A look at Biden’s first week in office

This episode reviews last week’s inauguration of President Joe Biden, examining which housing issues the new administration has already taken action on.

Biden’s executive order will extend foreclosure moratorium

President Biden revealed his plan to sign 17 executive orders his first day in office, including am extension of the eviction and foreclosure moratorium to at least March 31.

If consumers aren’t holding lenders back, then who or what is?

The challenge for lenders and investors is understanding how to meet borrowers where they are without layering on risk or getting bogged down in third-party intermediation.

HomeBridge’s Brian White on diversity at a practical level

HomeBridge's Brian “Woody” White discusses ways to increase diversity within the housing finance industry.

Mortgage

Adverse-market fee was a “shock,” mortgage originators say

When Fannie Mae and Freddie Mac first announced the fee, they cited “risk” and an “uncertain economy"

It was almost midnight on Aug. 12, when Matt Rasetta received a text message from one of his loan officers: Fannie Mae and Freddie Mac had just announced a 0.5% adverse-market fee.

The owner of Superior Rate Mortgage of New England was “sweating” as he began to read the details. Rasetta had 130 deals in the pipeline and the short notice – the fee originally was set to start in less than three weeks – could mean “massive losses” if his company was forced to take a haircut because the extra cost hadn’t been quoted to customers as part of their deals.

“It was an industrywide shock when the news went out, not just from a money standpoint but from an integrity standpoint as well,” Rasetta said. “It put us in a position of not being able to offer the deal we had just sold to someone.”

The Federal Housing Finance Agency “did the right thing” on Tuesday by extending the implementation date to Dec. 1 to give everyone time to adjust, said Rasetta, who has worked in the mortgage industry for nearly two decades.

The original announcement “put tremendous stress” on mortgage companies, said Keith Binsfeld, the regional vice president of CrossCountry Mortgage. Though the delay of the fee will relieve some pressure from lenders and brokers, homeowners will still be dinged.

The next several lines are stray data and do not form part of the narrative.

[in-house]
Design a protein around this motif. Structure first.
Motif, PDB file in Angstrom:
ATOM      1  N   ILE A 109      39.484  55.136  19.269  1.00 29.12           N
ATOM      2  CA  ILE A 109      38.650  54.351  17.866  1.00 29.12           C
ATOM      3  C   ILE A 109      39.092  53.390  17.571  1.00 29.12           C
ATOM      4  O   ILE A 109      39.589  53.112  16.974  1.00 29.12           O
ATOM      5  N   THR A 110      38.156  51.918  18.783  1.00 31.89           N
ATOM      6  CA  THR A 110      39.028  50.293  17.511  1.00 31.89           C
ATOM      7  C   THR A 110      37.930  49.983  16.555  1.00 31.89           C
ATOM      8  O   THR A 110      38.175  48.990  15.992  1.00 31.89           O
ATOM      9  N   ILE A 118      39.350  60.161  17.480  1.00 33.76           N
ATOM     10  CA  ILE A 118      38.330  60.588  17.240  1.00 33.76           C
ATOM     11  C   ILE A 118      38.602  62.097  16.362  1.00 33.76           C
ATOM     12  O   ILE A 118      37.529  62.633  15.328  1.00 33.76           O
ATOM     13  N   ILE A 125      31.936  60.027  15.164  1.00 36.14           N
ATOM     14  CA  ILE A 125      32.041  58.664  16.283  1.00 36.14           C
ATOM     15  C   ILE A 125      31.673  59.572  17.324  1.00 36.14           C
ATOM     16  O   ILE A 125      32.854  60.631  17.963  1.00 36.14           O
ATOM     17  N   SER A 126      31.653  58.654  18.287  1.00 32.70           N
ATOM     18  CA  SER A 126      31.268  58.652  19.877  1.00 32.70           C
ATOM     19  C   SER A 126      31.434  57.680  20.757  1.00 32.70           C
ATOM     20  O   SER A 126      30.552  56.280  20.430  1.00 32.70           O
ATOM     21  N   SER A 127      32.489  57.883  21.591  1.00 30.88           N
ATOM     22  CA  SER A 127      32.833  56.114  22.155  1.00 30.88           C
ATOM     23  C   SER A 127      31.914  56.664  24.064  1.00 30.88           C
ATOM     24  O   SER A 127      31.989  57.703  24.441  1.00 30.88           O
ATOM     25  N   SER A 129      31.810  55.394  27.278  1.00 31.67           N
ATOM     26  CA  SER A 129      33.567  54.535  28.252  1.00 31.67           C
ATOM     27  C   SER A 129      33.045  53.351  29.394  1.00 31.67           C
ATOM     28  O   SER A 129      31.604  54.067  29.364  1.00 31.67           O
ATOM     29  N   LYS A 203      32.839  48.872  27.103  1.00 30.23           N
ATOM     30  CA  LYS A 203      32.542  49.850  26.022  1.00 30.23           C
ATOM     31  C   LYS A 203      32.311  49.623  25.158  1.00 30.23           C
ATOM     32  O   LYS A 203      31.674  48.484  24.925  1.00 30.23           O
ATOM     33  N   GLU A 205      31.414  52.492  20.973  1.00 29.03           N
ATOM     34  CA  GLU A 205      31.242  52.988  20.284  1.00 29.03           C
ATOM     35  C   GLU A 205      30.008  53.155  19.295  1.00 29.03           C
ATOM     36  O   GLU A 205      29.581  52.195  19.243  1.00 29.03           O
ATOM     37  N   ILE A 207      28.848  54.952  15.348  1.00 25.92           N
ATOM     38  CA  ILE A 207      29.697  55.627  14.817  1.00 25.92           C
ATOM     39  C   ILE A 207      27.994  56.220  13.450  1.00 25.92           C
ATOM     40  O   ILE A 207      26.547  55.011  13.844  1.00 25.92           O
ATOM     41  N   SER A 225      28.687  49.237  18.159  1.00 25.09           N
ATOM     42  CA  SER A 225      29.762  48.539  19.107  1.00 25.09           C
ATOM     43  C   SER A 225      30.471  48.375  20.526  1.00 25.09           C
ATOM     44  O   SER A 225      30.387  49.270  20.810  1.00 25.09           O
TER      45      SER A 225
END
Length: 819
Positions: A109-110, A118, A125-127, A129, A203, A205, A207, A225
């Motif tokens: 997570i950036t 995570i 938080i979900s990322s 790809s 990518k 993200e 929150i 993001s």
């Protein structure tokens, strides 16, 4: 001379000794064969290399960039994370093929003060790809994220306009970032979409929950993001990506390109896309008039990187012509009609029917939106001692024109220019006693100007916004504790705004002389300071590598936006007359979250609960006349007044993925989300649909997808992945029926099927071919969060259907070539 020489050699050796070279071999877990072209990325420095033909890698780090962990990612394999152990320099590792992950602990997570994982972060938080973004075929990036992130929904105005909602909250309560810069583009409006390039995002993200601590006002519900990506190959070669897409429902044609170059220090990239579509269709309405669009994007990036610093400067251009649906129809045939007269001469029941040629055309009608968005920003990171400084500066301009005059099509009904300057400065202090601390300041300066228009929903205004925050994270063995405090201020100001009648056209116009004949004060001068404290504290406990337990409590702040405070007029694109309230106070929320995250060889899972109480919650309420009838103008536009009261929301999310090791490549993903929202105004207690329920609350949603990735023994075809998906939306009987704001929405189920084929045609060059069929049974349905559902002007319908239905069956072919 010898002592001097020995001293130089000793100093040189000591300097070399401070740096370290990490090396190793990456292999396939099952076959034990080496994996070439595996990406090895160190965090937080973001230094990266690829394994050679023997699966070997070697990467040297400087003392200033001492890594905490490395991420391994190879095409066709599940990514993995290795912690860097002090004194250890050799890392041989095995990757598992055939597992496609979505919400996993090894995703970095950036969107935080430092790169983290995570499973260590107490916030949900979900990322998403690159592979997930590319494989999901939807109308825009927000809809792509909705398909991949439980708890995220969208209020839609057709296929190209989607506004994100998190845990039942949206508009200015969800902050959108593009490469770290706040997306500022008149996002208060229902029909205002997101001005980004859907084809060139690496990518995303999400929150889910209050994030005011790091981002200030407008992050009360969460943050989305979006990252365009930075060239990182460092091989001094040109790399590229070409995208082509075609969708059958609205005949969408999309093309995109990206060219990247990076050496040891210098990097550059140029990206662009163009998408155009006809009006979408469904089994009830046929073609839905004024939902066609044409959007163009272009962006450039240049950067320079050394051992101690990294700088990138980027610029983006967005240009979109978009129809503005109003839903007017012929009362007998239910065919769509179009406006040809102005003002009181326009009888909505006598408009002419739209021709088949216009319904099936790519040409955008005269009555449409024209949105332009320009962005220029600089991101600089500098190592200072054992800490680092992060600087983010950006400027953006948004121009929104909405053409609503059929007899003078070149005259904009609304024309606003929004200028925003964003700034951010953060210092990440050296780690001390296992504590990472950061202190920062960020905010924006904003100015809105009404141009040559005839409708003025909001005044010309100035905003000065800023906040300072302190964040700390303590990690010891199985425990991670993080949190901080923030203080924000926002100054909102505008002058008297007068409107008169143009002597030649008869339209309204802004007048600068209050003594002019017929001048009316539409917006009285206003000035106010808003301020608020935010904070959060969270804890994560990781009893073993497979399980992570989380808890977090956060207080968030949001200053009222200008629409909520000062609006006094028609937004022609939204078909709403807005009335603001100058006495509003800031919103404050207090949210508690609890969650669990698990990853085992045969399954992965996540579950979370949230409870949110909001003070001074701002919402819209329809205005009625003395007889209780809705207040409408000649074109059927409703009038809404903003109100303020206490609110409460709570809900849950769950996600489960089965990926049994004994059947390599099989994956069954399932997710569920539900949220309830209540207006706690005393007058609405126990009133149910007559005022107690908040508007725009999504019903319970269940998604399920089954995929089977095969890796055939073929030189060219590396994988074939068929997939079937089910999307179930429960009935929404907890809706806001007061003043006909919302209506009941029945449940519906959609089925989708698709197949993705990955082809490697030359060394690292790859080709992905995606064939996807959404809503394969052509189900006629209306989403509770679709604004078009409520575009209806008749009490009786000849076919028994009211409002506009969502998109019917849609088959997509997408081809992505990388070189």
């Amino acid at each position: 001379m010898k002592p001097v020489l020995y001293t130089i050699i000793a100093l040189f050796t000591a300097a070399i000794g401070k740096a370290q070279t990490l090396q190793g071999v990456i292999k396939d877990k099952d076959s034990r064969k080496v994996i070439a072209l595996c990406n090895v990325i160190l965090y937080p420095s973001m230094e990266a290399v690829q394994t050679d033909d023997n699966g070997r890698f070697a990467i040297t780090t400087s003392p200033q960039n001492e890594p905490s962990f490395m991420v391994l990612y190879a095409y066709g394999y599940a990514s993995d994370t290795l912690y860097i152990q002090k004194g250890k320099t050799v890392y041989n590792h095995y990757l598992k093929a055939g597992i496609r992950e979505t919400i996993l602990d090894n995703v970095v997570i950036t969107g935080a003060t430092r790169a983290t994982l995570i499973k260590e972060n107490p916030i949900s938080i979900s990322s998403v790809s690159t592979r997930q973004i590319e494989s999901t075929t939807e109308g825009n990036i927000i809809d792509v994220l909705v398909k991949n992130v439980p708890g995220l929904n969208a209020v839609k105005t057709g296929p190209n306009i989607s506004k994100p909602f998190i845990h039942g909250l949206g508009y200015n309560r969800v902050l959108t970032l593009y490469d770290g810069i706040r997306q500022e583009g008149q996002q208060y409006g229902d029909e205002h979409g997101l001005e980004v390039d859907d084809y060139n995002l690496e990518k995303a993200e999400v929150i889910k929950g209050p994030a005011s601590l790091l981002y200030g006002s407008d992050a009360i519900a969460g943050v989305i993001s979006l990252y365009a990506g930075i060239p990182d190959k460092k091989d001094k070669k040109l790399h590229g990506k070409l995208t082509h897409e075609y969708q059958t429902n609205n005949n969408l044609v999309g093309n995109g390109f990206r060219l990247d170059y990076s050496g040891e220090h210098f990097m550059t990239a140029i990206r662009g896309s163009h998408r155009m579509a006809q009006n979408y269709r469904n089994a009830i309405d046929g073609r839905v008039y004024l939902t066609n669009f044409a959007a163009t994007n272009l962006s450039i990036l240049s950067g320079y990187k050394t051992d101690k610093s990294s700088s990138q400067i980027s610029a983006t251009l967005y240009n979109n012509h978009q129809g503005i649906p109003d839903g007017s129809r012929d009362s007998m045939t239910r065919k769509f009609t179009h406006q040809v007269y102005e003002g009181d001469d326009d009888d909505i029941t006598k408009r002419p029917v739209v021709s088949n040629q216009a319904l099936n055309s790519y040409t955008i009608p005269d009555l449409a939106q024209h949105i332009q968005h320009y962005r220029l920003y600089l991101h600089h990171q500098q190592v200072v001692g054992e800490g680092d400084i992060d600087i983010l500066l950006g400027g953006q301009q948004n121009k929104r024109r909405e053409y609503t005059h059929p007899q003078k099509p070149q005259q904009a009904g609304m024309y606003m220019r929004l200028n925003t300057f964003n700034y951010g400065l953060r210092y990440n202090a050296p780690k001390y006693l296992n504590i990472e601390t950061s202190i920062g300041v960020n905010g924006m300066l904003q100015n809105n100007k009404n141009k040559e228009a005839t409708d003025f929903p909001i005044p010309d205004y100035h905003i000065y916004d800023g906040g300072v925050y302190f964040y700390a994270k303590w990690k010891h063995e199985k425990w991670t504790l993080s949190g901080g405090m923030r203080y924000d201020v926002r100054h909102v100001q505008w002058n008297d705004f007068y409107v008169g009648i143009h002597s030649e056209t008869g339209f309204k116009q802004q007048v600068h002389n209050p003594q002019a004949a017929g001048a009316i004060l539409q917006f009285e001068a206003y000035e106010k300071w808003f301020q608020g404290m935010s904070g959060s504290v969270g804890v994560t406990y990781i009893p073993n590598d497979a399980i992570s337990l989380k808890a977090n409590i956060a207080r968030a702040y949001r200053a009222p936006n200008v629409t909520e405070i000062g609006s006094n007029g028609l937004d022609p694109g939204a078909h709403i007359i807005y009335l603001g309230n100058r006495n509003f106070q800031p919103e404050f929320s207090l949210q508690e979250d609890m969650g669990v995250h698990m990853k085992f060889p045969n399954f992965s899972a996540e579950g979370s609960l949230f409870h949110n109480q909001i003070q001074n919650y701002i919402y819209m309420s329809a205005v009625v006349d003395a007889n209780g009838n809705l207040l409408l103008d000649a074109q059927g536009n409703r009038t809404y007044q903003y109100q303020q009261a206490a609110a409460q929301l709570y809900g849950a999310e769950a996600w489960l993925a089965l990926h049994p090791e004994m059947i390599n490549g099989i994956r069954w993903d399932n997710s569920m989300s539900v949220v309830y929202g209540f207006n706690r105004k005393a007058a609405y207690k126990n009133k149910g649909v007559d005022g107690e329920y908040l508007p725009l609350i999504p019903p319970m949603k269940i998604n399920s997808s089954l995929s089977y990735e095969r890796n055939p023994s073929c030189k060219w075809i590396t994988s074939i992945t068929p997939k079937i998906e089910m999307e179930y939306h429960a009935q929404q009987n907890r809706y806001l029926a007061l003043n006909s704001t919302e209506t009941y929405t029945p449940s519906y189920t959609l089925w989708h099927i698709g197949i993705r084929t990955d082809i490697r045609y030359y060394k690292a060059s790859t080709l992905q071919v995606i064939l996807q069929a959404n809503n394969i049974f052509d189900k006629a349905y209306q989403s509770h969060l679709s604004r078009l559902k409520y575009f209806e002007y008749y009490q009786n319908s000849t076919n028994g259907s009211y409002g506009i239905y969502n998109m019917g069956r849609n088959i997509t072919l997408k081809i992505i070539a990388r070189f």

“The original implementation was horrifically done, the rollback – OK, that was better,” Binsfeld said. “But we’re still left with the fact that they are taxing the refinances. If it’s really an adverse market fee, why not the purchases?”

A week after announcing the new upfront fee, and five days before delaying its implementation, Fannie Mae CEO Hugh Frater and Freddie Mac CEO David Brickman issued a joint letter addressing industry criticism.

“Contrary to much of the criticism we have received since making this announcement, this will generally not cause mortgage payments to ‘go up.’” the letter states. “The fee applies only to refinancing borrowers, who almost always use a refinancing to lower their monthly rate.”

Though, of course, it means families aren’t saving as much as they would if the fee hadn’t been implemented. It will cost the average borrower about $1,400, according to the Mortgage Bankers Association.

When Fannie Mae and Freddie Mac first announced the fee, they cited “risk” and an “uncertain economy.”

CrossCountry’s Binsfeld said he expects the new fee has more to do with recapitalizing the two companies – even in the midst of a pandemic – so they can be released from conservatorship.

“Yes, there will be foreclosures in the future, but the adverse impact will be minimal because of the equity positions of homeowners and the demand for properties – every purchase loan I’m writing, they’re competing with multiple other buyers,” Binsfeld said.

The last time an adverse-market fee was implemented, during the 2008 housing crisis, the market was in a much different position, he said. The loans were not as high quality as today’s mortgages, there was an oversupply of properties on the market, and there was a large share of buyers who were flipping properties instead of living in them, he said.

Today, there’s a shortage of inventory and most people are buying homes to live in, not to become investors, he said.

“These are owners with skin in the game, who made down payments and who live in these properties,” said Binsfeld. “It’s not like the run-up to the housing crash. None of the data points to that.”

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